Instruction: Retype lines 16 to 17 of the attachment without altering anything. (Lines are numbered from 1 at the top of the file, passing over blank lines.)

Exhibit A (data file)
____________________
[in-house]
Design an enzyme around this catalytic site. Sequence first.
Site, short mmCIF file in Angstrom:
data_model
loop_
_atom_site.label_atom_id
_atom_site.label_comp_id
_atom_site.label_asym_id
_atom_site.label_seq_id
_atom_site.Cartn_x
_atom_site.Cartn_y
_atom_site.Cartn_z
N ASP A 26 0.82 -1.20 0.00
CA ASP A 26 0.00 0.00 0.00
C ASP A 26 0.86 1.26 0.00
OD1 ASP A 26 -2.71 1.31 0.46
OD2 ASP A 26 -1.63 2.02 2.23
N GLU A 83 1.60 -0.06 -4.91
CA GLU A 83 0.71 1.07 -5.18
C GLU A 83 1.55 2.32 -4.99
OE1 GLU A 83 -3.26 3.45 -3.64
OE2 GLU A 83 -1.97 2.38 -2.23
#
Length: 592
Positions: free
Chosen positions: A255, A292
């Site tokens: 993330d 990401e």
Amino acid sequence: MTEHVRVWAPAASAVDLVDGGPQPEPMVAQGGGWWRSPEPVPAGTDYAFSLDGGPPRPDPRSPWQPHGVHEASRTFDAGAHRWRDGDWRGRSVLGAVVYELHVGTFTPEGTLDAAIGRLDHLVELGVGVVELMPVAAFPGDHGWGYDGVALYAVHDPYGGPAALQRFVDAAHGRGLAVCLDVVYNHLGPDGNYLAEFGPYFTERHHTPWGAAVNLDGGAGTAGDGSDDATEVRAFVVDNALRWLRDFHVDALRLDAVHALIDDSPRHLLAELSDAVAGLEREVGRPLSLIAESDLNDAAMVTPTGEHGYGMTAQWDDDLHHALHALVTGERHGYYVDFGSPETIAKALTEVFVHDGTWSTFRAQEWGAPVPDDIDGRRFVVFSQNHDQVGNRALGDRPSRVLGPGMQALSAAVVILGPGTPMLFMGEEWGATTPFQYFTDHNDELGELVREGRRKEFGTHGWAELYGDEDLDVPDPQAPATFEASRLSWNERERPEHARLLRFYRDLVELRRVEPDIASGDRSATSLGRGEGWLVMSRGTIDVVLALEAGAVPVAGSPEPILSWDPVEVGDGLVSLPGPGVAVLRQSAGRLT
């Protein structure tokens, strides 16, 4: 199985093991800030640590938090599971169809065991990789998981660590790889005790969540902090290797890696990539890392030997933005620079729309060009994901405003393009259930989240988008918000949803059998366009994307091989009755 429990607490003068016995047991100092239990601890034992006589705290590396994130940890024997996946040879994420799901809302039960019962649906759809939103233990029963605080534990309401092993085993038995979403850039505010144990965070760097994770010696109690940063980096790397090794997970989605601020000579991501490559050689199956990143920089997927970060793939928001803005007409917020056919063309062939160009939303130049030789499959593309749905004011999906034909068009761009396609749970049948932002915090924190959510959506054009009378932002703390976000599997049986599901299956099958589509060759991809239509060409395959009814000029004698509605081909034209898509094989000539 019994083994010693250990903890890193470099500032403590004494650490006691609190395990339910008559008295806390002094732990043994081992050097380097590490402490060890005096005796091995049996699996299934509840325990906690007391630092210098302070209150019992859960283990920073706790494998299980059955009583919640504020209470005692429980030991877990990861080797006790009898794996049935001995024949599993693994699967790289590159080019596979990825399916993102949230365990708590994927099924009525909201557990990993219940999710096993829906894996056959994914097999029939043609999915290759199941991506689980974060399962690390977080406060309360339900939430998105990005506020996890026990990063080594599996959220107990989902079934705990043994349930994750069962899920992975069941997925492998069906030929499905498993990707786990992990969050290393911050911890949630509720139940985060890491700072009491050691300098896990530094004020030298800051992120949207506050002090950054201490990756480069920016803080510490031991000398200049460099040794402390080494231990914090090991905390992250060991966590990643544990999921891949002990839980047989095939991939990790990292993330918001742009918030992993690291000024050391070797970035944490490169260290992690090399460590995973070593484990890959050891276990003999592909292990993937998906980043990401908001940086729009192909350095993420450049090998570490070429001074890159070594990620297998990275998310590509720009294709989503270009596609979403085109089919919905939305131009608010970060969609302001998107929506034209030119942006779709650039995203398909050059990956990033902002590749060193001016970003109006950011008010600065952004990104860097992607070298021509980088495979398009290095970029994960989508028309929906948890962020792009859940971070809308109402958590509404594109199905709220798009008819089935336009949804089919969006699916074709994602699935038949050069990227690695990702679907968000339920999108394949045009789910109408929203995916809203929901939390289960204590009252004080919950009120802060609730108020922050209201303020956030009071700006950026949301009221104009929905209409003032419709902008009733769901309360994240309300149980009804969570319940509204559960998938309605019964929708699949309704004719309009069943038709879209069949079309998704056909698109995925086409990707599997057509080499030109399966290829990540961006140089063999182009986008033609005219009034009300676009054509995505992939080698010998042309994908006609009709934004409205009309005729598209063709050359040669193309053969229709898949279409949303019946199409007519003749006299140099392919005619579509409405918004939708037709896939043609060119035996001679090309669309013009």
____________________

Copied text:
OD1 ASP A 26 -2.71 1.31 0.46
OD2 ASP A 26 -1.63 2.02 2.23